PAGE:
If one were to ask President Robert Gabriel Mugabe – the 93 year old leader of Zimbabwe – about the economic state of the country, he would place it among the “most highly developed countries, second after South Africa,” on the continent. This is what he had remarked at the 2017 World Economic Forum on Africa.
Africanews had also reported the president stating, “You don’t talk of us as a fragile state from an economic point of view. Yes we have our problems but no certainly we have achieved… we have our resources, perhaps more resources than the average country in the world.”
However, the vast majority of the rest of the world widely disagrees.
The United Kingdom (UK) government, for instance, had issued a travel advisory on the ‘increasingly fragile’ African nation. In it, the UK had warned about the patchy availability of fuel and hard currency including the fact that cash withdrawals can’t be made with an international bank card. A troubling state of a nation for a leader who terms it as among the most highly developed on the continent.
The disparity is visible in economic growth estimates of the country as well. In the 2017 National Budget, the government had expected the economy to grow by 1.7% in 2017. However, in March, Finance and Economic Development Minister Patrick Chinamasa bumped up the growth forecast to 3.7% due to bumper crops.
On the other hand, in May, the International Monetary Fund (IMF) projected that the country will grow 2% this year – an improvement from its previous estimate, but a far cry from what the government expects.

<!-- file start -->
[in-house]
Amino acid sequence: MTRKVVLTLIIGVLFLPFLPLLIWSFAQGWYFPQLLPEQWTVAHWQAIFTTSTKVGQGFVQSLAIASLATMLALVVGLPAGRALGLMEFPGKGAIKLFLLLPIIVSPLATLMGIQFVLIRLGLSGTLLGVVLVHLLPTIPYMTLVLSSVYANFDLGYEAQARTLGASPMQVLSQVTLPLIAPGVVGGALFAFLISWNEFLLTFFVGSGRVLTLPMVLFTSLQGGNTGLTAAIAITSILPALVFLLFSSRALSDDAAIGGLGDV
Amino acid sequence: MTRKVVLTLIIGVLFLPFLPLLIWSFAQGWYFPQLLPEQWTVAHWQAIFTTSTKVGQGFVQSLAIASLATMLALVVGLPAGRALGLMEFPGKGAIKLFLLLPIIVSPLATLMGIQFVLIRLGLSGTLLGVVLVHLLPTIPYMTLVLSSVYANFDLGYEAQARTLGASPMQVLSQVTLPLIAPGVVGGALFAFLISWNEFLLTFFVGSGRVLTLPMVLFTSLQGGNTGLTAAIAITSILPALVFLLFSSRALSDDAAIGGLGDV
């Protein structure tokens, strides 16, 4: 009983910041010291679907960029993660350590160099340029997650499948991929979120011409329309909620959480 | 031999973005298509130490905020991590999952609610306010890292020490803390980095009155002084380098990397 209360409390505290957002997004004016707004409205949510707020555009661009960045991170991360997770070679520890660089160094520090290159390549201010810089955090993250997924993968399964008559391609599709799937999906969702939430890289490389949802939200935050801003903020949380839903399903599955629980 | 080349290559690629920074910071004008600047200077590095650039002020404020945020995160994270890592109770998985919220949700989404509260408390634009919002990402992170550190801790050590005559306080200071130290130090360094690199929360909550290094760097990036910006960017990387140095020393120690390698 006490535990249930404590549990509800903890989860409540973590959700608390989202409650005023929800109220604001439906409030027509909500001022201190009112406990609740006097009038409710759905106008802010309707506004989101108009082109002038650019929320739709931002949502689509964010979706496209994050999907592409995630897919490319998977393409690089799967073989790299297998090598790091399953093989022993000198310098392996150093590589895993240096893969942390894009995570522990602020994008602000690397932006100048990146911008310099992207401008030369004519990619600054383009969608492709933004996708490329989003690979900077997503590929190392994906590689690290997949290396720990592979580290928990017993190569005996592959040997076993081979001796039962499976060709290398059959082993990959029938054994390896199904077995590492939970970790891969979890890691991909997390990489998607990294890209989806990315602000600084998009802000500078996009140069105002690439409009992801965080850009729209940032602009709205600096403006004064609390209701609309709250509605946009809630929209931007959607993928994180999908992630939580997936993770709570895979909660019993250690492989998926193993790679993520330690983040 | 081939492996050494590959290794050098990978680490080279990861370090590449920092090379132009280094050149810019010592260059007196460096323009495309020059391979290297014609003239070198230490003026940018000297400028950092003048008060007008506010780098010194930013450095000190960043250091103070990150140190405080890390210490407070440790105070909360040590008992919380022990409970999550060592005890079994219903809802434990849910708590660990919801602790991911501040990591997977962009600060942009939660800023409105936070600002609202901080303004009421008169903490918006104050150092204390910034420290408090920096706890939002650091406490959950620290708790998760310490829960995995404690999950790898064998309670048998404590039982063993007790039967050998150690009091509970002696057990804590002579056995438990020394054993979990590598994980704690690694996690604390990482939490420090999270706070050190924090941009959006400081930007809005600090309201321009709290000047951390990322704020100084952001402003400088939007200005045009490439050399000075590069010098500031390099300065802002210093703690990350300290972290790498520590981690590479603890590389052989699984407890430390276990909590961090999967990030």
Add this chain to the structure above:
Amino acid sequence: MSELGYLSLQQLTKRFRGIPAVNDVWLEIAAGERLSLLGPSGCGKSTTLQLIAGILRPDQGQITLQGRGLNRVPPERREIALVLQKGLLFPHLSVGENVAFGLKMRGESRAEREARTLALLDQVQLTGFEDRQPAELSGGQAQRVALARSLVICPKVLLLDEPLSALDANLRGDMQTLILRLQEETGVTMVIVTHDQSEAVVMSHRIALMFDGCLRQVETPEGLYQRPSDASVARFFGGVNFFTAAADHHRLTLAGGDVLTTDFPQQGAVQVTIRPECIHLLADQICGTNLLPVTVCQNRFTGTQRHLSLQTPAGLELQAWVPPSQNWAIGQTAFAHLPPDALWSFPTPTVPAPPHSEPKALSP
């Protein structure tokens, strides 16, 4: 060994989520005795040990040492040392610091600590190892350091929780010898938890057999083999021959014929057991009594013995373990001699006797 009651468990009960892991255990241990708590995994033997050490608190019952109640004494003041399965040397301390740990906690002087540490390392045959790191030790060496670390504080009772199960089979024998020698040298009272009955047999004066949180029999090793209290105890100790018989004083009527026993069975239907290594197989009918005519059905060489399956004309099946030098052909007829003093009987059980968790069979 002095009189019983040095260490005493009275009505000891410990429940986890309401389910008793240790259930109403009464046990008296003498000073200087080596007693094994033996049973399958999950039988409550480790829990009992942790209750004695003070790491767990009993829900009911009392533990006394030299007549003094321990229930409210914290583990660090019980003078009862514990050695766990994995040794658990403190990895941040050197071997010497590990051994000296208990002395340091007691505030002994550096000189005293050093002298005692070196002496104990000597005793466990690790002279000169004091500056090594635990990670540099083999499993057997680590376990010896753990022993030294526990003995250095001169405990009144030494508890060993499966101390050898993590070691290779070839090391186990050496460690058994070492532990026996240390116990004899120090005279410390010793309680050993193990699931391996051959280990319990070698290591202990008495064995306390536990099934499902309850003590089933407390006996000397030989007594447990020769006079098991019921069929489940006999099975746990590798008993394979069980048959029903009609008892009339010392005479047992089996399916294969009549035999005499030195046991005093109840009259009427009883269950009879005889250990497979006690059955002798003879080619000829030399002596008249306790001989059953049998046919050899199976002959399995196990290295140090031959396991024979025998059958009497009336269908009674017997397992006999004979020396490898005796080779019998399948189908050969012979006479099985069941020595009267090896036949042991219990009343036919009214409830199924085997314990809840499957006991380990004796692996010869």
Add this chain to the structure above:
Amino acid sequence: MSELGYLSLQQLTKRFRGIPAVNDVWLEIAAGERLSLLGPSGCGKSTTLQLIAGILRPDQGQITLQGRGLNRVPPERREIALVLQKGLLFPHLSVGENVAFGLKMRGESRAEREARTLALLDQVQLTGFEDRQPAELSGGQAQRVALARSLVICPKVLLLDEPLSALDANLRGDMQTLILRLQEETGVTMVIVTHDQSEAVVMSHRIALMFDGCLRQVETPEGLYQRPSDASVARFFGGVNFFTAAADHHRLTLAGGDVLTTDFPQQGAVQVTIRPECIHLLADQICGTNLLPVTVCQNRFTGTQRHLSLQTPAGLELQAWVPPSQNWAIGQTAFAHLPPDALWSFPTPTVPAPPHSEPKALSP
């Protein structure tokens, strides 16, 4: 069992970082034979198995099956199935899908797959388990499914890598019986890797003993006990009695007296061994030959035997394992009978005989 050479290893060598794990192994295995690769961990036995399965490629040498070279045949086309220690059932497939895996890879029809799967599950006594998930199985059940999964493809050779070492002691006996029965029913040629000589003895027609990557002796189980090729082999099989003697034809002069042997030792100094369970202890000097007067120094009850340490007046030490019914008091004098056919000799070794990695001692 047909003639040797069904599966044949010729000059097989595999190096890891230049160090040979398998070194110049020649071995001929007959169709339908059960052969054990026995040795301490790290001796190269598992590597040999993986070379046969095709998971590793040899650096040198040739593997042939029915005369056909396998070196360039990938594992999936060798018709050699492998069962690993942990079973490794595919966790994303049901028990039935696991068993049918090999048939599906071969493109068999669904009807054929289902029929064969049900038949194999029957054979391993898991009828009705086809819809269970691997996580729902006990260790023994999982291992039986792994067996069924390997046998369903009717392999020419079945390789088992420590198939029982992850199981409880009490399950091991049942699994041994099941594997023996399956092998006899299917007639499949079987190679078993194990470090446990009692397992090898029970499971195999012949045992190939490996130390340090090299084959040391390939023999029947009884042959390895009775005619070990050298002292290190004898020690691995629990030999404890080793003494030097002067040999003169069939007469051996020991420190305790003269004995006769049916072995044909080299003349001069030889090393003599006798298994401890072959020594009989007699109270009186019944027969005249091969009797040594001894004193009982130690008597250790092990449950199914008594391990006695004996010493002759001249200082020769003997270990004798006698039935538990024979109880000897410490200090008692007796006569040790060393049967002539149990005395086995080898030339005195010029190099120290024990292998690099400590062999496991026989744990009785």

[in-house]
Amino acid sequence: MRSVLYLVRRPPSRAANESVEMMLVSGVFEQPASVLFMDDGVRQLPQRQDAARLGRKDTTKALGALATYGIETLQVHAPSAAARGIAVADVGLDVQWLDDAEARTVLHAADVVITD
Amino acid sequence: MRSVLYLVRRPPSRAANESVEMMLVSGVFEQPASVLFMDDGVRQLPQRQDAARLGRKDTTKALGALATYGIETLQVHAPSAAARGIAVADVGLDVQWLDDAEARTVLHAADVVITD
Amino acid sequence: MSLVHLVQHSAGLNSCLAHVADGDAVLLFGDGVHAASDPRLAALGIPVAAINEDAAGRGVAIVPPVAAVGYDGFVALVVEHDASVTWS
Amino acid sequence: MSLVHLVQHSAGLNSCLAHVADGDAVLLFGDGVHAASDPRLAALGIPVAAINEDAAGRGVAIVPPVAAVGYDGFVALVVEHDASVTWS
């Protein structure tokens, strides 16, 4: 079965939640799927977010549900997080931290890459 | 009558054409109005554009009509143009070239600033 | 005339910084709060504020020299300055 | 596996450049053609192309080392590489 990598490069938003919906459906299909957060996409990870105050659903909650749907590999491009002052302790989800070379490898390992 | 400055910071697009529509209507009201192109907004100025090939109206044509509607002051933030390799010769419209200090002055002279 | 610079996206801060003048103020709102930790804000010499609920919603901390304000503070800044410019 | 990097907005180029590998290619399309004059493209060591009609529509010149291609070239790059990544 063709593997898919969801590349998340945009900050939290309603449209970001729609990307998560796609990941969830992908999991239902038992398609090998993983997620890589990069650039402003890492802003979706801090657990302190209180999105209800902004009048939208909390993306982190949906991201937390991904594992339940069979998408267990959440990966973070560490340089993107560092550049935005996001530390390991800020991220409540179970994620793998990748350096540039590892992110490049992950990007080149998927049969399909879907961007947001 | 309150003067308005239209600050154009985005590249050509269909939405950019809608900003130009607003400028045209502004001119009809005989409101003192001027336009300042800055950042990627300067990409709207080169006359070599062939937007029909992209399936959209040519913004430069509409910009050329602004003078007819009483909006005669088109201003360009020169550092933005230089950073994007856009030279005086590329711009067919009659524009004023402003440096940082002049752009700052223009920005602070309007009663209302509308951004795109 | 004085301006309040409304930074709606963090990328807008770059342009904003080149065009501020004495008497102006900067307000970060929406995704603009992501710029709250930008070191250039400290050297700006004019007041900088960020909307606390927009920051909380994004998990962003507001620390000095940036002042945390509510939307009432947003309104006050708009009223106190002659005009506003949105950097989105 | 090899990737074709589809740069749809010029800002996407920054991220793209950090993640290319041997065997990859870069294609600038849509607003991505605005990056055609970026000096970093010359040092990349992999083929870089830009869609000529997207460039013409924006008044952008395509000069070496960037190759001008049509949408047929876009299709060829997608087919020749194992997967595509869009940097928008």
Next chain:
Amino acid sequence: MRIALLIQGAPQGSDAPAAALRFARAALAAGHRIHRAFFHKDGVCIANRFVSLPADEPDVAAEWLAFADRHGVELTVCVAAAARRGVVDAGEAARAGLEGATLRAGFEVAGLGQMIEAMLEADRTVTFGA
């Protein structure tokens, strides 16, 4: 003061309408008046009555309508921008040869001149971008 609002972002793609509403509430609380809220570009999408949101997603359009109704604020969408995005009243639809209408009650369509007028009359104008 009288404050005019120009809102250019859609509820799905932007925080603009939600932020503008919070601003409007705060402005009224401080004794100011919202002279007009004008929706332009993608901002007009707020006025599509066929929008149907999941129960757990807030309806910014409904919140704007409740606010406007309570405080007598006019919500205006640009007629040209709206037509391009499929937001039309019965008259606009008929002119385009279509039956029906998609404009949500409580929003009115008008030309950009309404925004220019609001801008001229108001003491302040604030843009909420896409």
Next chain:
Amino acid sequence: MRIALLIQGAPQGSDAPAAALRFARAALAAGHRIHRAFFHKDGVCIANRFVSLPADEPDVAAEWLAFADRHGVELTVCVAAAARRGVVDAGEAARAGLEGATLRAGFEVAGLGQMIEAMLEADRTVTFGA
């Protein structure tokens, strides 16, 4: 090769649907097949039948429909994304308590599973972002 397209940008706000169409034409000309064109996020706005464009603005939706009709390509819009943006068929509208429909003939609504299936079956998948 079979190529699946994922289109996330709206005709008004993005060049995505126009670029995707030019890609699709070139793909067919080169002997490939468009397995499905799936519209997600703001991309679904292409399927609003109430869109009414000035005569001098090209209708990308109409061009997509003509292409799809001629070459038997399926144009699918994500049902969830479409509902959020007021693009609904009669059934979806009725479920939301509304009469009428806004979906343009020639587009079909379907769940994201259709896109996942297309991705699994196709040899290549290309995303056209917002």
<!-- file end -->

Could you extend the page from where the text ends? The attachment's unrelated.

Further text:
The African Development Bank has an even more depressed view though. The institution expects the economy to grow by just 1.3% from an estimated 0.5% in 2016.
Other metrics are not in great shape either.
Zimbabwe was in deflation at the beginning of this year and emerged out of it only in February. Now prices are rising at a quick enough pace for the IMF to indicate that excessive spending by the government may worsen the cash crisis in addition to stoking inflation.
Further, the Reserve Bank of Zimbabwe anticipates that remittances from abroad will decline by 3% to $756 million this year from $779 million in 2016.
There is one positive for the country, though. Its trade deficit has narrowed by 14.5% to $576 million in Q1 2017 as tobacco and mineral exports resulted in a 15.7% surge in exports.
However, this is not good enough for the country when it comes to its image in the minds of international companies and investors. And with its presumably skewed assessment of the economy, the government is actually hurting its chances of improving investor sentiment.